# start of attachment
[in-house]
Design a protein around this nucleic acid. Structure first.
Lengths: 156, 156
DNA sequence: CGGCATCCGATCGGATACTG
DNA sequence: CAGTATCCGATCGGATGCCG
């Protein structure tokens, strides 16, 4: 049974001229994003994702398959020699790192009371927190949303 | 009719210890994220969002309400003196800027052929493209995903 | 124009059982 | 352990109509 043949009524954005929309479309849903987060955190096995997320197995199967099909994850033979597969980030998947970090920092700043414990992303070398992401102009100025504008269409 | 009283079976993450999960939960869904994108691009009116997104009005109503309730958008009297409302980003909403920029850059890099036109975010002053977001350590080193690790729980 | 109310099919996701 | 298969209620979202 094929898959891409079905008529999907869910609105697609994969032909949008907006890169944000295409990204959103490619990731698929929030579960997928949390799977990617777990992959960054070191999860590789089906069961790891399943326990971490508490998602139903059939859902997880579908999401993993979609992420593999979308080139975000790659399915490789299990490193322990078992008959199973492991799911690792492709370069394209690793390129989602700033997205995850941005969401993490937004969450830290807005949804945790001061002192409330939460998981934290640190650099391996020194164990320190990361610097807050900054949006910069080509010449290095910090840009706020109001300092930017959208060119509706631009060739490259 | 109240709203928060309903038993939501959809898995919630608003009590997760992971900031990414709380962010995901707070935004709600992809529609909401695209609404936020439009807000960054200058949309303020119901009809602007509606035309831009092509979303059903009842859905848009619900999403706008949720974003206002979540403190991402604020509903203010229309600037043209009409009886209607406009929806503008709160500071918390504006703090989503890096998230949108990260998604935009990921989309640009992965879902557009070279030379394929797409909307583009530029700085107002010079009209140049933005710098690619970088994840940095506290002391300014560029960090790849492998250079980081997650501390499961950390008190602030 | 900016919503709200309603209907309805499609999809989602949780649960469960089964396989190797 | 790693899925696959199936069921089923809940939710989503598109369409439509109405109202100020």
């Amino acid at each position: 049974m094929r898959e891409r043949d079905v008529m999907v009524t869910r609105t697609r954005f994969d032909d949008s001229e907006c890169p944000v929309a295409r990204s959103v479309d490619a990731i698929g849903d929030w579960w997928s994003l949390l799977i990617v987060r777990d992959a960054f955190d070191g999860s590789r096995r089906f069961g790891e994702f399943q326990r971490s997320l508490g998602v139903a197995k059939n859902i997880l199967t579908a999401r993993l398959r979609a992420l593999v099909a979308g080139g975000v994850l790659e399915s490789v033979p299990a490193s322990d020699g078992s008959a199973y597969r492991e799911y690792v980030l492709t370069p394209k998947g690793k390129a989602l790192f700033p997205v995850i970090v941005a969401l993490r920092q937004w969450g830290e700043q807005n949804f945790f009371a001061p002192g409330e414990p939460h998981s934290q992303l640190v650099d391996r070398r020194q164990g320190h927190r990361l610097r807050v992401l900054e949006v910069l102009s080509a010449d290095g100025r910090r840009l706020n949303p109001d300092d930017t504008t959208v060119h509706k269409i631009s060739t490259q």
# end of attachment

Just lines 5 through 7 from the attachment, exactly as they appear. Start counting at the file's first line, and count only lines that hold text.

DNA sequence: CAGTATCCGATCGGATGCCG
């Protein structure tokens, strides 16, 4: 049974001229994003994702398959020699790192009371927190949303 | 009719210890994220969002309400003196800027052929493209995903 | 124009059982 | 352990109509 043949009524954005929309479309849903987060955190096995997320197995199967099909994850033979597969980030998947970090920092700043414990992303070398992401102009100025504008269409 | 009283079976993450999960939960869904994108691009009116997104009005109503309730958008009297409302980003909403920029850059890099036109975010002053977001350590080193690790729980 | 109310099919996701 | 298969209620979202 094929898959891409079905008529999907869910609105697609994969032909949008907006890169944000295409990204959103490619990731698929929030579960997928949390799977990617777990992959960054070191999860590789089906069961790891399943326990971490508490998602139903059939859902997880579908999401993993979609992420593999979308080139975000790659399915490789299990490193322990078992008959199973492991799911690792492709370069394209690793390129989602700033997205995850941005969401993490937004969450830290807005949804945790001061002192409330939460998981934290640190650099391996020194164990320190990361610097807050900054949006910069080509010449290095910090840009706020109001300092930017959208060119509706631009060739490259 | 109240709203928060309903038993939501959809898995919630608003009590997760992971900031990414709380962010995901707070935004709600992809529609909401695209609404936020439009807000960054200058949309303020119901009809602007509606035309831009092509979303059903009842859905848009619900999403706008949720974003206002979540403190991402604020509903203010229309600037043209009409009886209607406009929806503008709160500071918390504006703090989503890096998230949108990260998604935009990921989309640009992965879902557009070279030379394929797409909307583009530029700085107002010079009209140049933005710098690619970088994840940095506290002391300014560029960090790849492998250079980081997650501390499961950390008190602030 | 900016919503709200309603209907309805499609999809989602949780649960469960089964396989190797 | 790693899925696959199936069921089923809940939710989503598109369409439509109405109202100020």
């Amino acid at each position: 049974m094929r898959e891409r043949d079905v008529m999907v009524t869910r609105t697609r954005f994969d032909d949008s001229e907006c890169p944000v929309a295409r990204s959103v479309d490619a990731i698929g849903d929030w579960w997928s994003l949390l799977i990617v987060r777990d992959a960054f955190d070191g999860s590789r096995r089906f069961g790891e994702f399943q326990r971490s997320l508490g998602v139903a197995k059939n859902i997880l199967t579908a999401r993993l398959r979609a992420l593999v099909a979308g080139g975000v994850l790659e399915s490789v033979p299990a490193s322990d020699g078992s008959a199973y597969r492991e799911y690792v980030l492709t370069p394209k998947g690793k390129a989602l790192f700033p997205v995850i970090v941005a969401l993490r920092q937004w969450g830290e700043q807005n949804f945790f009371a001061p002192g409330e414990p939460h998981s934290q992303l640190v650099d391996r070398r020194q164990g320190h927190r990361l610097r807050v992401l900054e949006v910069l102009s080509a010449d290095g100025r910090r840009l706020n949303p109001d300092d930017t504008t959208v060119h509706k269409i631009s060739t490259q």